Industrial automation company Mitsubishi Electric is partnering with computer-aided design software provider Eplan to integrate a new industrial internet of things data exchange system.
The integration is made possible by industry association AutomationML, according to the companies.
The new integration solution from Eplan Electric P8 to Melsoft iQ Works by Mitsubishi Electric connects electrical engineering systems to automation systems.
Data such as symbolic addresses, for instance, can now be exchanged bidirectionally with the current software suite.
The companies claim the results in Eplan Electric P8 are “impressive”, and include valid schematics, including bus wiring for components of a programmable logic controller – a type of industrial computer – amongst themselves, and “top quality” hardware configurations.
Bidirectional exchange of PLC data helps optimise processes in engineering and automation, say the companies.
With the new integration between Eplan Electric P8 and Melsoft iQ Works, solutions provider Eplan and Mitsubishi Electric claim they have taken this a step further.
AutomationML forms the integration’s foundation, which paves the way towards Industry 4.0 with its neutrality and openness for data exchange.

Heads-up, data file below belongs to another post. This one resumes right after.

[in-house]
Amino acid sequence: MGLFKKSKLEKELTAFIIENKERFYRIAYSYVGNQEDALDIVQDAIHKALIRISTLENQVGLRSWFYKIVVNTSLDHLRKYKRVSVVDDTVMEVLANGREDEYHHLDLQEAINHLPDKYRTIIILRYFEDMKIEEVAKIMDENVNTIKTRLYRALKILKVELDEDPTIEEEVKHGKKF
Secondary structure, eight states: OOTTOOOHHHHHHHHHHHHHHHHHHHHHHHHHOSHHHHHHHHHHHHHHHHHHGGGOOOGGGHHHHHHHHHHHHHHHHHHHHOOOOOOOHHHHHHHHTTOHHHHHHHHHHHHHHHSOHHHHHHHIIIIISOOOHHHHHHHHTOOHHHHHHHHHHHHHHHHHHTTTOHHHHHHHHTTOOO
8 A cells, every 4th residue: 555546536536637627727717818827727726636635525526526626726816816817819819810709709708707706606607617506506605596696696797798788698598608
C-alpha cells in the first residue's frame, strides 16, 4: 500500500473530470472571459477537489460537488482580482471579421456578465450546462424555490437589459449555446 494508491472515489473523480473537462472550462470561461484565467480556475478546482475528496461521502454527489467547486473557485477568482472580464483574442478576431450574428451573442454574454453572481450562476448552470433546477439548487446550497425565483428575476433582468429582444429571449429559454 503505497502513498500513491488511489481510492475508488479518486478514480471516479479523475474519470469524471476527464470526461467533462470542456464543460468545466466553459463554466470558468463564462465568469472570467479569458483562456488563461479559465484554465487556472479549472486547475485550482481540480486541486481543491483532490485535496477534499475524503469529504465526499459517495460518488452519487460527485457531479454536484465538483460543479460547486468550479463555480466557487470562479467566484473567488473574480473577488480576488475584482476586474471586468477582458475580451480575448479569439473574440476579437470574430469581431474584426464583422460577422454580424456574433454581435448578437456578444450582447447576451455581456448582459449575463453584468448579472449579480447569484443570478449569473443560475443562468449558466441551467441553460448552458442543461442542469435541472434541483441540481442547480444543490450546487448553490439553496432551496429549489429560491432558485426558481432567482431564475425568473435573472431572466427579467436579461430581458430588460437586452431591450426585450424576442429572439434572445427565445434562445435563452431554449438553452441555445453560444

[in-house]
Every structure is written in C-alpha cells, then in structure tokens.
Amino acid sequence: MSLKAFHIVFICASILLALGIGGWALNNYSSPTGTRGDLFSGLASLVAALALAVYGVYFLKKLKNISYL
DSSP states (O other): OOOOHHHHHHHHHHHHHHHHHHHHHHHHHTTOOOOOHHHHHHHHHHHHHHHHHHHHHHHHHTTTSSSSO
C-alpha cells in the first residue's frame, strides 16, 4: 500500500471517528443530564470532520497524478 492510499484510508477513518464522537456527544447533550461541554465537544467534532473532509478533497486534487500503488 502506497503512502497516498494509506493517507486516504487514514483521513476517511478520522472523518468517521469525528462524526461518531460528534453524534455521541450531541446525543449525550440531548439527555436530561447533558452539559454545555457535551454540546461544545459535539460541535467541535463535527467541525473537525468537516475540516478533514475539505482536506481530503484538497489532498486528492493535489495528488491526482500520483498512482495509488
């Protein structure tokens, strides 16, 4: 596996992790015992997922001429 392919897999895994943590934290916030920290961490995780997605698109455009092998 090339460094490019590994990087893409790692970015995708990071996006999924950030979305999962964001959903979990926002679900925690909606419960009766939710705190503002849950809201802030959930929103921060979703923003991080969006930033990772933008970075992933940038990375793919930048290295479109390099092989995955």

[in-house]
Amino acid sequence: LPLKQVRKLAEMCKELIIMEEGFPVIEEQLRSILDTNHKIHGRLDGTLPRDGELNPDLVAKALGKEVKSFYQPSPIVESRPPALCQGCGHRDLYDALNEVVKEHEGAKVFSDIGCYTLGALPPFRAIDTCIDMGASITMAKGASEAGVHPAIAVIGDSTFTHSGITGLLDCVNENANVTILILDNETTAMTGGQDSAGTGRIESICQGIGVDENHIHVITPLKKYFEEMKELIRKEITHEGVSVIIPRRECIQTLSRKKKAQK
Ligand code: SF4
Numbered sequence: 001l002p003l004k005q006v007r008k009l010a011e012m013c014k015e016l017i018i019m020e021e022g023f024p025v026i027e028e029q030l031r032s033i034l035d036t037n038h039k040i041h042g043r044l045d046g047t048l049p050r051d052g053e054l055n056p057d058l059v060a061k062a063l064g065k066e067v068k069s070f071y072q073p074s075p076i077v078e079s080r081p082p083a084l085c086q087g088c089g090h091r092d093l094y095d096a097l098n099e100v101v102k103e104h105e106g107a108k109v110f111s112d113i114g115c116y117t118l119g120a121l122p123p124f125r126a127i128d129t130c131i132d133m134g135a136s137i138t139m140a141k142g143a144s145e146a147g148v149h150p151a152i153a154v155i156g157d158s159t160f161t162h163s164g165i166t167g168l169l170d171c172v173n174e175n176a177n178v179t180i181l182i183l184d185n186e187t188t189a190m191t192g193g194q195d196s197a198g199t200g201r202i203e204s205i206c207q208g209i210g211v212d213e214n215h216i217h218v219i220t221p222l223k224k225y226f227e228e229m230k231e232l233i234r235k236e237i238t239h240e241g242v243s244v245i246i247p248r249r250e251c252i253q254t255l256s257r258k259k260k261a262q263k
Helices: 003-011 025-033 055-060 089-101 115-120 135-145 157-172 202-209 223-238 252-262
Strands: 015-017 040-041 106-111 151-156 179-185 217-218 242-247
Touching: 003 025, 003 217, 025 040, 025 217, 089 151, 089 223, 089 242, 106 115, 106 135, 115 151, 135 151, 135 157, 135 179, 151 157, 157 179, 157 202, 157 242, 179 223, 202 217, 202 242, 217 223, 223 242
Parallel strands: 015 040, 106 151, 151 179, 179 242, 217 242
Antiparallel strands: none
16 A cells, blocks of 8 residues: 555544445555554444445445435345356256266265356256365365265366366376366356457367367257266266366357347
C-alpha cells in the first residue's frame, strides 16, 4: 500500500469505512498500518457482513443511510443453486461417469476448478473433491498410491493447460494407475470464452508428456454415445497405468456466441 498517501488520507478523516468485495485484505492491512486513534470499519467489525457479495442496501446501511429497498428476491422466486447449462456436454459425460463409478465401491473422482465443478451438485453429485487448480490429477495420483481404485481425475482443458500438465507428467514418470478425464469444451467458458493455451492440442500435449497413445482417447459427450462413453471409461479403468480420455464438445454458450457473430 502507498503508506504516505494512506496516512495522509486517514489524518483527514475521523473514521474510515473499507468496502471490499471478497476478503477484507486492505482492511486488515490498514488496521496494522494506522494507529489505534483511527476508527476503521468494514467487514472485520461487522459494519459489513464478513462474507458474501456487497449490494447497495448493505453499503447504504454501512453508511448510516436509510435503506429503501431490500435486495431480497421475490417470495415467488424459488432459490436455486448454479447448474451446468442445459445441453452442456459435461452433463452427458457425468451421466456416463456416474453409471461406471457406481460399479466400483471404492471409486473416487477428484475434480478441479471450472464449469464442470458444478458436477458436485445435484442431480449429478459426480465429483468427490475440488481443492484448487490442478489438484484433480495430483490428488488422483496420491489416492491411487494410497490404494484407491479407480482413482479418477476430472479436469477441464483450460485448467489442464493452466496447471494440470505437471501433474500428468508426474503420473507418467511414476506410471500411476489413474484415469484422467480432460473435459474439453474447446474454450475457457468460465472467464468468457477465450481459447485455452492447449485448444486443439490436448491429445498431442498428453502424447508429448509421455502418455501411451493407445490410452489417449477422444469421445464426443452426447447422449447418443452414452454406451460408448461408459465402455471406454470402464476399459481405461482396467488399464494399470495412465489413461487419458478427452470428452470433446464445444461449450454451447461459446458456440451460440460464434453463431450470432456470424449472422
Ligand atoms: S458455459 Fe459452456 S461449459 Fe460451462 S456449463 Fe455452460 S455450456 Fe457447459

The dataset created in Eplan forms the basis for PLC hardware (rack) assembly and software programming.
What’s special, claim the companies, is that the data are transmitted along the whole product development process as a single source of truth.
Eplan Data Portal provides the necessary component data. Taken together, they accelerate component configuration and design planning, the companies claim.
Melsoft iQ Works is an integrated software suite and includes the software solutions required to program Mitsubishi Electric automation products.
With the new integration to the current Eplan Platform, Version 2.7, users can exchange, later edit, and synchronise project data in any direction at all stages of the project.
Users no longer have to enter data more than once, thereby helping avoid entry errors.
It also makes cooperation between electrical design engineers and software developers easier, say the companies.
Users in electrical design even have additional benefits – the allocation of PLC assemblies is transparent.
Assemblies can be more quickly edited with system support, and last-minute changes are easier and more universally implementable.
As a non-proprietary, standardised and XML-based data format, AutomationML can depict design information with respect to system topologies and structures, geometries and logic.
To display the structural and topology information, AutomationML uses the CAEX (Computer Aided Engineering Exchange) format, an international data format standard according to IEC 62424/IEC 62714.
It offers fundamental object-oriented concepts that can be used to represent plant and system structures.
AutomationML additionally offers the possibility for transmitting system structures, for instance the rack assembly.
This allows for well-structured, end-to-end documentation, even for servicing and maintenance.
Data from various software tools – for example, device information – can be exchanged between manufacturers and users and easily integrated into the documentation, claim the companies.